If you own an external loop antenna like the Tecsun AN-200, that might help improve reception as well.

FM Performance

FM performance is the same as the Tecsun PL-680. Local and distant signals came in very well. I don’t do much FM DXing but there is a distant NPR station in Mississippi, WMAV 90.3, that comes in loud and clear and is more than 50 miles from Memphis.

Weaker local stations are received just as well, both on the telescoping whip antenna and external wire antenna bundled with this radio.

Shortwave Performance

Like the PL-660, the Tecsun PL-880 really shines on shortwave. In terms of sensitivity, this one is marginally less sensitive than the PL-660 but still very sensitive compared to other radios. Both on the whip and external antenna’s sensitivity is top-notch.

Every station that I was able to pick up on the PL-660 was received on the PL-880. However, this radio has the edge in better audio, while the PL-660 is able to pick up those signals out of the static and hold them well with sync.

Also, the noise floor on shortwave is much better compared to the PL-660 & PL-680. Signals just sound more pleasant and can allow for some bedtime or armchair listening.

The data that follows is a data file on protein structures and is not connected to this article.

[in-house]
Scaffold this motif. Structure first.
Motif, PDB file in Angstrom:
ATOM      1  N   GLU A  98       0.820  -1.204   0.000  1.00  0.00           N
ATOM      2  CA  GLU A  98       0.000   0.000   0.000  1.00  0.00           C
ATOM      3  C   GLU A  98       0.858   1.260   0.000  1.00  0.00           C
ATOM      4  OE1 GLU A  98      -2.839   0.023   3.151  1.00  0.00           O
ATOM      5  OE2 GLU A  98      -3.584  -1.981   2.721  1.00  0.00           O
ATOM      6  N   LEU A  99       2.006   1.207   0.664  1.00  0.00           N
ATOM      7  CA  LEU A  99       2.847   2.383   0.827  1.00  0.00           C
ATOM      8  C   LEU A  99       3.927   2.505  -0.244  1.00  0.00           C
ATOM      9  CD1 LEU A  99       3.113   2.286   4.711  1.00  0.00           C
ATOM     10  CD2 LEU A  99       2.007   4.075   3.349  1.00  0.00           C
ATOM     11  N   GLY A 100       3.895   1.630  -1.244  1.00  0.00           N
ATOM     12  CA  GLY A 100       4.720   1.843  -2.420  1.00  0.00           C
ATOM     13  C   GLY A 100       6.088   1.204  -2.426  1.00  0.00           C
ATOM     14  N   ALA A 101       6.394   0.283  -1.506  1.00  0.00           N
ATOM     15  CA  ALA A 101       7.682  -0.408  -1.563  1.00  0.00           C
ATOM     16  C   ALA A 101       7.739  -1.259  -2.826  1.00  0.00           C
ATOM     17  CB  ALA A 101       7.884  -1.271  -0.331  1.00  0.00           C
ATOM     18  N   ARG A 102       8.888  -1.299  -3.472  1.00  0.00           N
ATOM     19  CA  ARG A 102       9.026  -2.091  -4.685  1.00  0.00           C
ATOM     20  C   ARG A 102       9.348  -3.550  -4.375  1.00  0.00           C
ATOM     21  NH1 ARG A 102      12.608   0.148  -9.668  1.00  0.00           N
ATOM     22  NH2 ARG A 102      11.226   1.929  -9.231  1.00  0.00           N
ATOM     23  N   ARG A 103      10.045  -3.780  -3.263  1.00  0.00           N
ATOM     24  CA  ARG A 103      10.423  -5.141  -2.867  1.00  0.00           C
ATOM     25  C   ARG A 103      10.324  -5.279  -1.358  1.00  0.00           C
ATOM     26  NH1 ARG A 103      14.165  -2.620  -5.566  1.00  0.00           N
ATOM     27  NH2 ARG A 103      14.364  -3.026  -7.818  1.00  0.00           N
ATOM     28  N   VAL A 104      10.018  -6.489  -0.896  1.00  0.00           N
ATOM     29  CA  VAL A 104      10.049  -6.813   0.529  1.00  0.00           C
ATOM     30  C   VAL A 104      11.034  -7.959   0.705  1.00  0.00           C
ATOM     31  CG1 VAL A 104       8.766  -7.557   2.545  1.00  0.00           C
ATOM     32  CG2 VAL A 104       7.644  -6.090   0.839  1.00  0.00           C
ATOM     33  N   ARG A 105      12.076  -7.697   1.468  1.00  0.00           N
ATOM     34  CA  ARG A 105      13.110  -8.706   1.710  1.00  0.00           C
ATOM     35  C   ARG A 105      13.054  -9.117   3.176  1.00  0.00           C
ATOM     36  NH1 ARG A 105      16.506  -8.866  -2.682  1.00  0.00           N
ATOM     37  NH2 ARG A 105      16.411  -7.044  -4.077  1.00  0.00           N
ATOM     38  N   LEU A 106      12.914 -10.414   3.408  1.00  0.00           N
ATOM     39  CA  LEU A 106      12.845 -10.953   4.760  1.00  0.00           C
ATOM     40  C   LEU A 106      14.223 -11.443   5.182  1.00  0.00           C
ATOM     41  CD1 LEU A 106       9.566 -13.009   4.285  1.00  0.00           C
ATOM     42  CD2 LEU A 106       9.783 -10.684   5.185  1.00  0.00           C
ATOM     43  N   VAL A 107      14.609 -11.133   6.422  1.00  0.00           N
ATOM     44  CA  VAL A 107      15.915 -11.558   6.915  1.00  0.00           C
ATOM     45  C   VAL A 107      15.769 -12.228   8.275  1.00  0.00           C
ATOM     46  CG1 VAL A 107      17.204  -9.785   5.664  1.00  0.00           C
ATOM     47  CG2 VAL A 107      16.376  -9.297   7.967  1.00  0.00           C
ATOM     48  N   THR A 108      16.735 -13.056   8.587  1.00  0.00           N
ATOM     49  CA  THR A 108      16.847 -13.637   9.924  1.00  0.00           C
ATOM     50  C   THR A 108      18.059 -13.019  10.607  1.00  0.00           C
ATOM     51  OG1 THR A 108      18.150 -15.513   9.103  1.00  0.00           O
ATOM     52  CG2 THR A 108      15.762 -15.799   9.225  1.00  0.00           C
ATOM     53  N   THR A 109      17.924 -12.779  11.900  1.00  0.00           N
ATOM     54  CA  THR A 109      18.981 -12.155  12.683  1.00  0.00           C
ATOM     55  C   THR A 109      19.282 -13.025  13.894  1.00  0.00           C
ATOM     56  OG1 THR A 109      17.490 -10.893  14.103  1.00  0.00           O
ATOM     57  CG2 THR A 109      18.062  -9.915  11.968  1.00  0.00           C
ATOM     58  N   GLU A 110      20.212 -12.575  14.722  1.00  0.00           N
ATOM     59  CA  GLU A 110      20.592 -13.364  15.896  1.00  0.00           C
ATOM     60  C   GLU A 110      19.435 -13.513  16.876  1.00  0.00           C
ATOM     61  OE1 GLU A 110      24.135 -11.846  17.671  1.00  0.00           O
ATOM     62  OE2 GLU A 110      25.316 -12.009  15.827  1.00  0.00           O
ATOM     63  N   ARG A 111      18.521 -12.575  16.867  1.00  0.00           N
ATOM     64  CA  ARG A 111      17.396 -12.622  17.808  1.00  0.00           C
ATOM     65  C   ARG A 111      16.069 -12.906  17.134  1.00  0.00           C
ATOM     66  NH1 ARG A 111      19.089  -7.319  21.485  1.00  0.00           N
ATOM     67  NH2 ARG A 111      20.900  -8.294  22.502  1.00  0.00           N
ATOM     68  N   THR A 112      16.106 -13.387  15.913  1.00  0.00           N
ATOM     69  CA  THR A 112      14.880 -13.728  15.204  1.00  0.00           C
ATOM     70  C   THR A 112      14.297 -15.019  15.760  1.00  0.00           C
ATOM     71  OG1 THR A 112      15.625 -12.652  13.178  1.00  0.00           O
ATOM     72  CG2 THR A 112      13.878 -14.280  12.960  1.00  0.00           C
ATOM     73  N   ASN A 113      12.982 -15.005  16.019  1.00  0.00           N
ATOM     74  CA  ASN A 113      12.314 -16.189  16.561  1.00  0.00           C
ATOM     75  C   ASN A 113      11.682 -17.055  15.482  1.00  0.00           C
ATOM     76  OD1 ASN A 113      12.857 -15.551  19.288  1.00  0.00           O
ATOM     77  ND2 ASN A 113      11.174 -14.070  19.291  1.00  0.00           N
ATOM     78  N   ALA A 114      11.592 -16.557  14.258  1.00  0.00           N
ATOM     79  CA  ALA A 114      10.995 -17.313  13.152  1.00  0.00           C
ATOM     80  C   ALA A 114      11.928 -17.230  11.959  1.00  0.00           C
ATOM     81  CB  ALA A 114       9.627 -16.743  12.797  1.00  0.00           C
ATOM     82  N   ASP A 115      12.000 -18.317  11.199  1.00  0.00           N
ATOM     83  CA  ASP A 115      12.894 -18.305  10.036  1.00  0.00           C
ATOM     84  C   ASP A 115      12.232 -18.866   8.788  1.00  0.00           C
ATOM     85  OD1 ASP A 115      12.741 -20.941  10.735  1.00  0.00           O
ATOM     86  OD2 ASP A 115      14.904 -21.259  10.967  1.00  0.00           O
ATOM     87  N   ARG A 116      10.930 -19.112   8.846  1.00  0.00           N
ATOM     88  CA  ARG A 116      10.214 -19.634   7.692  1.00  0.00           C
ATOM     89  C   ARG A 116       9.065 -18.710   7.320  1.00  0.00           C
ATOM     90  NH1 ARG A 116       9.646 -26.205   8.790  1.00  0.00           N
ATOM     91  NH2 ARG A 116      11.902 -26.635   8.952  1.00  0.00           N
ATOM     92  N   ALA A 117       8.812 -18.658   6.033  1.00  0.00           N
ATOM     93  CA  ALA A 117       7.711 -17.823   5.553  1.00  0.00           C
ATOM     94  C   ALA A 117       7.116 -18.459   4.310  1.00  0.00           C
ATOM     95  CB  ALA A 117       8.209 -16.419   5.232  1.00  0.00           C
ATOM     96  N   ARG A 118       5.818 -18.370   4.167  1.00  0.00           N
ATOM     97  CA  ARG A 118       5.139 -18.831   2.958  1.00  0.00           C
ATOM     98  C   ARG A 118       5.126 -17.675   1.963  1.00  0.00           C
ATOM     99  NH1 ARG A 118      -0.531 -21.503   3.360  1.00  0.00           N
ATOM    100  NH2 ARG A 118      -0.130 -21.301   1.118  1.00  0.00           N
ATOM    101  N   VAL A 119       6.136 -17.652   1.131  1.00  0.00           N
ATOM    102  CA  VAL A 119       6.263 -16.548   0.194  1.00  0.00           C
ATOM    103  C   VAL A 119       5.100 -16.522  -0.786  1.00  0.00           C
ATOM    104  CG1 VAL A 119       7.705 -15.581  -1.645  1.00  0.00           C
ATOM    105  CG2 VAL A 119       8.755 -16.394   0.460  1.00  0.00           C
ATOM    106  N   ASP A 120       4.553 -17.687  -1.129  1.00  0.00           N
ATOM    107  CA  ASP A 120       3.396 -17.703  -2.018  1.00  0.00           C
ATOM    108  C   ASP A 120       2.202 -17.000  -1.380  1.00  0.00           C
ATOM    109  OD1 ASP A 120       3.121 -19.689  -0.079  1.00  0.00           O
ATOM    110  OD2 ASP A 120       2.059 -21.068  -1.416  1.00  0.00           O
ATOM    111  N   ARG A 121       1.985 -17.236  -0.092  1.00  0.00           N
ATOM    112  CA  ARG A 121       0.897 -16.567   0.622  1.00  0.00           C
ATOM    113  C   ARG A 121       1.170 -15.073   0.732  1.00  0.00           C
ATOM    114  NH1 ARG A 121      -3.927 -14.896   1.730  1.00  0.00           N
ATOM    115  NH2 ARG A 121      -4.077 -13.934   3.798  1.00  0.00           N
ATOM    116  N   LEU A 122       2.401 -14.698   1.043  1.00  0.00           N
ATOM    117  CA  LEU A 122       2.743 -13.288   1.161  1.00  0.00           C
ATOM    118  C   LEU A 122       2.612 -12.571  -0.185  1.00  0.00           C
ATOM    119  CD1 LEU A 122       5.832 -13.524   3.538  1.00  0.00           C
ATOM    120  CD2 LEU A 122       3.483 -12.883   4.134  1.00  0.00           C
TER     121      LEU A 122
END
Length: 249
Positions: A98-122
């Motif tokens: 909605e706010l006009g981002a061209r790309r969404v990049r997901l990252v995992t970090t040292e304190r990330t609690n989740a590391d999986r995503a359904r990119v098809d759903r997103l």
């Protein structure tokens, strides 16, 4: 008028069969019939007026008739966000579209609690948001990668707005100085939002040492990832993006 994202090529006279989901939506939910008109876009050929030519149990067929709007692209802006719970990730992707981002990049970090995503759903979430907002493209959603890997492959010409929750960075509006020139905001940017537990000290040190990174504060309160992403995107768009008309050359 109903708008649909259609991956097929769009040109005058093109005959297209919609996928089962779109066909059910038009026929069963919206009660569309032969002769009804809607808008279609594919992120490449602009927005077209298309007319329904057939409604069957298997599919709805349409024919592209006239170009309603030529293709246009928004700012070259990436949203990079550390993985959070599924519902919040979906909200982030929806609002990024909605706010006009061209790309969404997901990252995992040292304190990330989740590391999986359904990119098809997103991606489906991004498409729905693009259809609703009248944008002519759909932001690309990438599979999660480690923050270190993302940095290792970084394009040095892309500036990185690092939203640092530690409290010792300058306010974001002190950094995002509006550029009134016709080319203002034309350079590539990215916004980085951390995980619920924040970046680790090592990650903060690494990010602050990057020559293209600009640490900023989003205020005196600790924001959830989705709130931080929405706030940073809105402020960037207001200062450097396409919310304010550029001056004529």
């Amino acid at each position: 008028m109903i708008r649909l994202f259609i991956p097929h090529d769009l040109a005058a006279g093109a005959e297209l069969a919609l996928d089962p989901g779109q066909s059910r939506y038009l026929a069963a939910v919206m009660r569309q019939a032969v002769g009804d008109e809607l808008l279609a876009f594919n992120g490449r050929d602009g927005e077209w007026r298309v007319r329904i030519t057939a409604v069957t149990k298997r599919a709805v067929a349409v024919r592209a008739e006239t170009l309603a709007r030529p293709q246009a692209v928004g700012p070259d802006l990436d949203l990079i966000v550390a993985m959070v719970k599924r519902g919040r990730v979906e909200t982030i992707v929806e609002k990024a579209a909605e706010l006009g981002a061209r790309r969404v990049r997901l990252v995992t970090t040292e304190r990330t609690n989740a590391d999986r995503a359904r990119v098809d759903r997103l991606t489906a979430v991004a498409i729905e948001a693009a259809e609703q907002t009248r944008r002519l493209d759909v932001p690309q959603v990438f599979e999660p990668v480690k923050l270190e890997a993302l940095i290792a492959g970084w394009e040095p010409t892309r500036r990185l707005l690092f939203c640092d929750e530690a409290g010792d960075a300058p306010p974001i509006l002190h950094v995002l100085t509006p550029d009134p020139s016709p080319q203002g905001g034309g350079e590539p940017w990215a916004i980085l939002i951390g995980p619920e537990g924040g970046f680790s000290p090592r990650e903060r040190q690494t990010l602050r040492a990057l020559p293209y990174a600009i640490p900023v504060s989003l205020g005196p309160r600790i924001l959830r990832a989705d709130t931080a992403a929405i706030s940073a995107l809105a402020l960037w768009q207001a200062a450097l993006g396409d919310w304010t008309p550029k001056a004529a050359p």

LW Performance

In the United States, there are not any broadcasters that use longwave transmissions. I did give it a test and didn’t pick up one station.

In Europe or other regions that still use LW, there may be better results. However, there is simply no way of knowing how it performs here in the U.S.

Therefore I don’t see that as a negative or positive on the PL-880.


To sum up my experience with the Tecsun PL-880, it is worthwhile radio. It performs well in most areas, except sync.pl-8802

I highly recommend this radio for AM and FM listening. If you can ignore the poor synchronous detection (again it is not an advertised feature), then you’ll enjoy using this radio.

It does have better performance overall with excellent audio quality.

If you plan on buying this solely for shortwave listening, it will serve you well. However, keep in mind most international broadcasters are leaving shortwave for the internet or shutting down completely.

In that aspect, I kind of regret buying this radio. Nowadays, I do the majority of my radio online via TuneIn, iHeartRadio, or podcasts and stream them to my Sangean WR-22.

However, I wanted to get the PL-880 and I can now clearly see why radio enthusiasts like it. It’s a winner.

I don’t know if I’ll keep it as my listening habits change, but this Tecsun radio is on-point.

Score Breakdown

Build Quality: 5/5
Sound Quality: 5/5
Affordability: 3.5/5
Features: 5/5
Portability: 5/5
AM Performance: 5/5
FM Performance: 5/5
SW Performance: 4/5
Sync Detection: 2/5

Overall Score: 4.5/5